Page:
How It Works (FAQs)

Frequently Asked Questions

Coronaviruses are a large family of viruses. Many of them infect animals, but some coronaviruses from animals can change into a new human
coronavirus that can spread from person-to-person. This is what happened with the new coronavirus known as SARS-CoV-2, which causes the disease known as COVID-19.

Like other respiratory illnesses, human coronaviruses most commonly spread to others from an infected person through:

  • Droplets produced through coughing, sneezing, and talking
  • Close personal contact, such as caring for an infected person
  • Touching an object or surface with the virus on it, then touching your mouth, nose, or eyes before washing your hands

Some people get COVID-19 without ever showing symptoms but they can still spread the infection to others.

Our clinical staff will walk you through the next steps. Depending on your symptoms, you might be advised to go to the emergency room or self-quarantine at home. We will check in with you daily to monitor your progress.

We are closely aligning ourselves with the guidelines set forth by the Centers for Disease Control and Prevention (CDC) and local public health departments. All patients who have a cold, flu, cough or similar symptoms must wear masks inside the clinic. Our staff are wearing the proper protective equipment and are thoroughly sanitizing rooms as per protocol.

Based on current evidence, it is unclear whether the presence of SARS-CoV2 virus (COVID) antibodies results in immunity. Decisions about ongoing monitoring or return to normal activities should be made after discussing with your clinician.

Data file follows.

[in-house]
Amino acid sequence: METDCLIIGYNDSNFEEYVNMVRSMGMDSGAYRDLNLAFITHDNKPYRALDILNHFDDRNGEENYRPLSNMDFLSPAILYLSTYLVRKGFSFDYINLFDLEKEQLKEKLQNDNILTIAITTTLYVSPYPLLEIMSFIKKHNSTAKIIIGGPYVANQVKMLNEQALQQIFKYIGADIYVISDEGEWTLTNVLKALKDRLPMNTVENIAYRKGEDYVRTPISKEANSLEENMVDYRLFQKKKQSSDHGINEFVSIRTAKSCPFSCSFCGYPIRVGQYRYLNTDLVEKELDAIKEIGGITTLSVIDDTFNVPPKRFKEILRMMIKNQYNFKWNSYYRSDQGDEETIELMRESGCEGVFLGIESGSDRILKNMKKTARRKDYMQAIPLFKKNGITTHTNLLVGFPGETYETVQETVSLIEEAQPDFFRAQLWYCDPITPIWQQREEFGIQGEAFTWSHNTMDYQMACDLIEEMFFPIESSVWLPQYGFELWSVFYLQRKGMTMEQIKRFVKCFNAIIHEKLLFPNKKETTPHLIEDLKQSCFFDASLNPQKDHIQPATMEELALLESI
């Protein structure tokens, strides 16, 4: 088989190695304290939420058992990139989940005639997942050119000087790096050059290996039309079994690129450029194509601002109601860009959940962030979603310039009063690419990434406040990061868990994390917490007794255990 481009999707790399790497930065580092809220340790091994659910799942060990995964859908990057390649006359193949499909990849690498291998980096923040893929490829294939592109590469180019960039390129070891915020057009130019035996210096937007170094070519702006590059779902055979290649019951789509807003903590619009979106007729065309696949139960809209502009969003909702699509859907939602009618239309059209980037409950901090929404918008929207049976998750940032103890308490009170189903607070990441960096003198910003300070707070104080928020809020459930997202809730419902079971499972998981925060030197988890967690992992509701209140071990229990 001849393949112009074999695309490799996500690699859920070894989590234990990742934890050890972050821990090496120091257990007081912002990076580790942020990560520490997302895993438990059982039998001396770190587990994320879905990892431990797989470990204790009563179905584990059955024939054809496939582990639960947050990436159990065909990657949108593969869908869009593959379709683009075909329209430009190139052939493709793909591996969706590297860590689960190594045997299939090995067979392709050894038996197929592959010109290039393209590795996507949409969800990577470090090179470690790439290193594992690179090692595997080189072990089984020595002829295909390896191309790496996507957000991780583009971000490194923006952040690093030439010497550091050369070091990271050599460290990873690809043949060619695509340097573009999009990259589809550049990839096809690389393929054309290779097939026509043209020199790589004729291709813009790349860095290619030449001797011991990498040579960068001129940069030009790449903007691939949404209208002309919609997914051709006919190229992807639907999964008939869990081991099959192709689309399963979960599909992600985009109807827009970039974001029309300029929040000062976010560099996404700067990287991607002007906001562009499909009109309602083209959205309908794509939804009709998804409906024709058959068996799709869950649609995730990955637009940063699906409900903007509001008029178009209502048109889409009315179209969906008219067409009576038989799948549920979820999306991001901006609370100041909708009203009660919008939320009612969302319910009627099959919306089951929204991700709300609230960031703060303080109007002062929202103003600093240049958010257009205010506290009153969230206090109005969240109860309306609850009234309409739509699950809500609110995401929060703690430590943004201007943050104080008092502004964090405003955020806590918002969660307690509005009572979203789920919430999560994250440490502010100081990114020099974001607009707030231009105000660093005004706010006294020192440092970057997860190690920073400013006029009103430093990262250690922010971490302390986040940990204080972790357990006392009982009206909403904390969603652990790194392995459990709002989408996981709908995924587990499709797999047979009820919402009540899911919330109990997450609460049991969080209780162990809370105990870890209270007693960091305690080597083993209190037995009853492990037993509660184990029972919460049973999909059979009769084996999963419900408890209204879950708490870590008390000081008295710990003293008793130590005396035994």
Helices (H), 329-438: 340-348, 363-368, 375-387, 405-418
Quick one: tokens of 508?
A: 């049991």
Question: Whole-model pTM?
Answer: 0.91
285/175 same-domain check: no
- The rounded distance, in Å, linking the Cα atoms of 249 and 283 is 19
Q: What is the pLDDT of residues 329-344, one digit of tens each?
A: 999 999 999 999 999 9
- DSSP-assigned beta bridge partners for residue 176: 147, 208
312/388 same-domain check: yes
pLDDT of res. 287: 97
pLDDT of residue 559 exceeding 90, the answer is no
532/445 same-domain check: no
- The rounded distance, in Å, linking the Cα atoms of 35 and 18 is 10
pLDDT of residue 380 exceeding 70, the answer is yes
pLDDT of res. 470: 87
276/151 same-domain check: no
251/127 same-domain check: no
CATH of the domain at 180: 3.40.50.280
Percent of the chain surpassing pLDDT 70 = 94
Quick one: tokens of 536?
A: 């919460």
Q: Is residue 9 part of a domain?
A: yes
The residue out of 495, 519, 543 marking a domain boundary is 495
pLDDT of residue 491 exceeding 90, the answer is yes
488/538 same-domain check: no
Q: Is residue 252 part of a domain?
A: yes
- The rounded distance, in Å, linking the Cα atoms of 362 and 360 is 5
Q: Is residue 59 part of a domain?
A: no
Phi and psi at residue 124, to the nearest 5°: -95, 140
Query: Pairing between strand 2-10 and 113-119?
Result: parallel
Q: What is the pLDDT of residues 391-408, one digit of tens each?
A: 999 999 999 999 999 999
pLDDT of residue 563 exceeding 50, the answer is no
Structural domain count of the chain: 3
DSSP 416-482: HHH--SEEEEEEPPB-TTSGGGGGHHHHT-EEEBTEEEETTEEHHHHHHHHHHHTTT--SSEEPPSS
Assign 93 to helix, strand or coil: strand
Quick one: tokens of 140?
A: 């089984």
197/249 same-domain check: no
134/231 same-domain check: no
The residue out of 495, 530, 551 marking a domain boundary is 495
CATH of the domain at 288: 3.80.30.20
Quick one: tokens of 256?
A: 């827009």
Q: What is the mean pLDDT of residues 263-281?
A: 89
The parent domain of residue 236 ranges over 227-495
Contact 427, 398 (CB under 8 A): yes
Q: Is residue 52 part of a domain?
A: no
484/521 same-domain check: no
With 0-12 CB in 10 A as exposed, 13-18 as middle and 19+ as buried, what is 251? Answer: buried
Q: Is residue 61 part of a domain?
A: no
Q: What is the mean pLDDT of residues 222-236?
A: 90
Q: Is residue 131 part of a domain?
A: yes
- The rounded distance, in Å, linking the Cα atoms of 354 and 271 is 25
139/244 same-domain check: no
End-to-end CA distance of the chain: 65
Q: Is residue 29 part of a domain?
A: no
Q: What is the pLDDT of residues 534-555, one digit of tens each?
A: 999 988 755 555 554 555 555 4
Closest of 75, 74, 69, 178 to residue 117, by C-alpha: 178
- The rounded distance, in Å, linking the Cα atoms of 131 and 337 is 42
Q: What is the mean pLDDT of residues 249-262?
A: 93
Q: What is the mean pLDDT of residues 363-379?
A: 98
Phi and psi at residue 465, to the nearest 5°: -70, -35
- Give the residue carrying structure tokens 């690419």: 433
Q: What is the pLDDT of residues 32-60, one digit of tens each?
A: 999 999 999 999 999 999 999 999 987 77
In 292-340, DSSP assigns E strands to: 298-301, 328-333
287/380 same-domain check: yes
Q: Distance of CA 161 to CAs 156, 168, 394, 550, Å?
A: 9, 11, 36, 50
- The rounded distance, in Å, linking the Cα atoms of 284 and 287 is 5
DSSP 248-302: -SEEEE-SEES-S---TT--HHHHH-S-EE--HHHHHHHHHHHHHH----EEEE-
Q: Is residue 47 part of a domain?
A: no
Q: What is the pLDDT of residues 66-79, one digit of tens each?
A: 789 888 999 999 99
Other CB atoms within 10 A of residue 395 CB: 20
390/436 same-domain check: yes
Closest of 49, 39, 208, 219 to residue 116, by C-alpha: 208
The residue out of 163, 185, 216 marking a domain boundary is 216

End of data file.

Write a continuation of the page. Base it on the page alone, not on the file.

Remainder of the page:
A negative serologic test result indicates that you have not developed detectable antibodies at the time of testing. This may be due to having testing performed too early in the course of COVID-19, the absence of exposure to the virus, or the lack of an adequate immune response. A negative test does not completely rule out a past or present infection with SARS-CoV-2 virus and correlation with a diagnostic test may be considered to look for an active infection. A negative result should not be used to influence social distancing, hand hygiene, or use of protective equipment decisions.

A positive serologic test result indicates that you have likely produced an immune response to the SARS-CoV2 virus (COVID) or one of a subset of the other types of coronaviruses (HKU1, NL63, OC43 or 229E). A positive test result does not exclude an active infection and it is not known if the antibody confers clinical immunity. It is very important to keep in mind that this test does not indicate whether you currently have an active infection or whether you are infectious. A PCR test may be recommended to help identify an active infection. Keep in mind that patients can remain infectious for many weeks after they are infected with the virus. A positive test means you may or may not pass the infection along to others. Based on current evidence, it is unclear whether the presence of these antibodies result in immunity. Decisions about ongoing monitoring or return to normal activities should be made after discussing with your clinician.

Since the serology test is relevant to potential infections that have occurred 4 or more days after your illness, repeat testing is unnecessary unless you develop a new potential infection. These tests are most accurate when you test negative though suggesting that you have not had exposure to coronavirus.

Available Tests

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